My contribution to the workshop deals with work-in-progress related to an ongoing multidisciplinary project (ReNACE). Our team is trying to develop a creative machine based in Gilbert Simondon’s philosophical approach to individuation. We assume that while there are ontological asymmetries between “human beings” and machines, they can share the structure of a general process we call “creativity”, and thus they can co-operate in a mutually creative exchange. However, the asymmetry of the “meaning”, relevance and mutual representation between both agents has to be highlighted in order to adequately evaluate the vulnerabilities in which each one of them gets engaged. Moreover, our project is directed to people with severely diminished mobility (locked-in syndrome and ALS), which in some autobiographical narratives have expressed their strong disposition to engage creatively with their environment. We assume that the relationship they should establish with any machine has to be one which gives them increasing autonomy in connection to the ends and results of the creative process. This, however, entails a period of training (both on the part of the LIS or ALS person and the machine) in which each one of the agents learns to be “sensitive” or “vulnerable” to the other’s minimal signals. Following Judith Butler, we understand vulnerability as a “disposition or openness towards the other.” But it is unclear what kind of relationship would emerge from this undetermined openness towards the radically other. Thus, I will discuss the ethical and epistemic challenges we face in the process of modelling the creative relation between these agents and the extent of their potential consequences in defining individuation and personal accomplishment.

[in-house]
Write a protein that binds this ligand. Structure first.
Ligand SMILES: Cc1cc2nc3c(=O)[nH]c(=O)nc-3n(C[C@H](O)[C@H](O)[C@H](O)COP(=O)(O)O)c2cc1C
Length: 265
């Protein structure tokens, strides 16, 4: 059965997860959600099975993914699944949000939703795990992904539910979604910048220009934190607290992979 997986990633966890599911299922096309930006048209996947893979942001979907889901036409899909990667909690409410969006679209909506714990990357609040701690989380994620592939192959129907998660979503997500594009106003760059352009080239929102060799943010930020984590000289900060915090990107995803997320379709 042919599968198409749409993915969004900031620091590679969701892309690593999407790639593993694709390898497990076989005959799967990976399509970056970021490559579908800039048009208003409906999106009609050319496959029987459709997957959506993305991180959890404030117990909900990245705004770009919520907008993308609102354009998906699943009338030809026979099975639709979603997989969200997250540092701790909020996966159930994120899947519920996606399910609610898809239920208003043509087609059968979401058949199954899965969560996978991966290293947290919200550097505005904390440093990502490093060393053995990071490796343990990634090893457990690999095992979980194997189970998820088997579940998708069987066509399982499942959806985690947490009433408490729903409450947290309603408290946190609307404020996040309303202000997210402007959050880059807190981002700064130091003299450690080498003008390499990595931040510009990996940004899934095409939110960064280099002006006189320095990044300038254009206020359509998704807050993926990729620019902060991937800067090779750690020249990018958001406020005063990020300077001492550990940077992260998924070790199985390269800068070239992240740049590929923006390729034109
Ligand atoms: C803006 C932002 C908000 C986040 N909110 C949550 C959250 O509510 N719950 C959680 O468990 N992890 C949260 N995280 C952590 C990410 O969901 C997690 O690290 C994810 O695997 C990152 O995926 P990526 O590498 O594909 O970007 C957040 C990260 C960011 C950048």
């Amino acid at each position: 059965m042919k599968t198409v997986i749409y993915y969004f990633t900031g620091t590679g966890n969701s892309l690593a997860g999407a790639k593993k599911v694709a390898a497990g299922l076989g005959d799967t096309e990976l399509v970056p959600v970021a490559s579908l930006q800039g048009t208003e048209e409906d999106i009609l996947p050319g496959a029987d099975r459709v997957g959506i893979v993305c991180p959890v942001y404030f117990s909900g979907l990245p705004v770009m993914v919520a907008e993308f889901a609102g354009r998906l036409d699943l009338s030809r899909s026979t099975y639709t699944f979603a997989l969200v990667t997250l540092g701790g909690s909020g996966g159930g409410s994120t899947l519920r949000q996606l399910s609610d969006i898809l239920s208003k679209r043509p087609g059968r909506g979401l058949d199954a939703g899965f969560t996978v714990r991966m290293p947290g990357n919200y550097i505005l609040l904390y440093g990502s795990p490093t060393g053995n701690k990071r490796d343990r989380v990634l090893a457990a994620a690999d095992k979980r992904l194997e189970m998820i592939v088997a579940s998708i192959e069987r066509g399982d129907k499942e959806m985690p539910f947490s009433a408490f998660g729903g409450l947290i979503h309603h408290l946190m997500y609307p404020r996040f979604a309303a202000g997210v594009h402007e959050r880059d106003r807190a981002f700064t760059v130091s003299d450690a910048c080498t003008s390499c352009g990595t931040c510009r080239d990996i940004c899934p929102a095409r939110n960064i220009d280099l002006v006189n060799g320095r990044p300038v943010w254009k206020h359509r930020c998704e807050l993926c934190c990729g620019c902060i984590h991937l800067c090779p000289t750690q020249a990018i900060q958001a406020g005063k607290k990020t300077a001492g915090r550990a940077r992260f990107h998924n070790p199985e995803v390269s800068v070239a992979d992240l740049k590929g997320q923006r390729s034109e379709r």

Nuria Valverde Pérez is a professor-researcher at the Universidad Autónoma Metropolitan de México, Cuajimalpa campus. She holds a PhD in Science and Culture from the Universidad Autónoma de Madrid, and her work has received the 2011 Derek Price/Rob Webster Award from the History of Science Society. Her research focuses on the epistemological, ethical and socio-political impact of technological and scientific developments. In her most recent work she addresses the production of liminal spaces and concepts of liminality and vulnerability of technological environments or assemblages, as well as the moral consequences of the application of new ontologies of technology. She is the main researcher of the project “Exploration of non-anthropocentric relational creativity” (ReNACE) funded by CONACYT (A1-S-21700), which she co-directs with Santiago Negrete. Her most recent publications are: “Preserved Worlds: Vulnerability, Ontology, and the Logics of Standards” (Journal of History of Science and Technology, 2020), “A Line of Touch: Liminality and Environment in eighteenth-century Spanish Empire” (The Routledge Companion to the Hispanic Enlightenment, 2019), “Instrumentos, disponibilidad y objetividad en el México del siglo XX” (Piedra, papel y tijera: Instrumentos de las ciencias en México, 2018), “Creativity, Coevolution and Computerized Co-production: Reframing Creativity from a Non- Anthropocentric Approach”, co-authored with Santiago Negrete (Adaptive Behavior, 2018); “Underground Knowledge: Mining, Mapping, and Law in eighteenth-century New Spain” (The Globalization of Knowledge in the Iberian Colonial World, Max Planck Institute 2017), “Meanings of Waves: Electroencephalography and Society in Mexico City, 1940-1950” (Science in Context, 2017).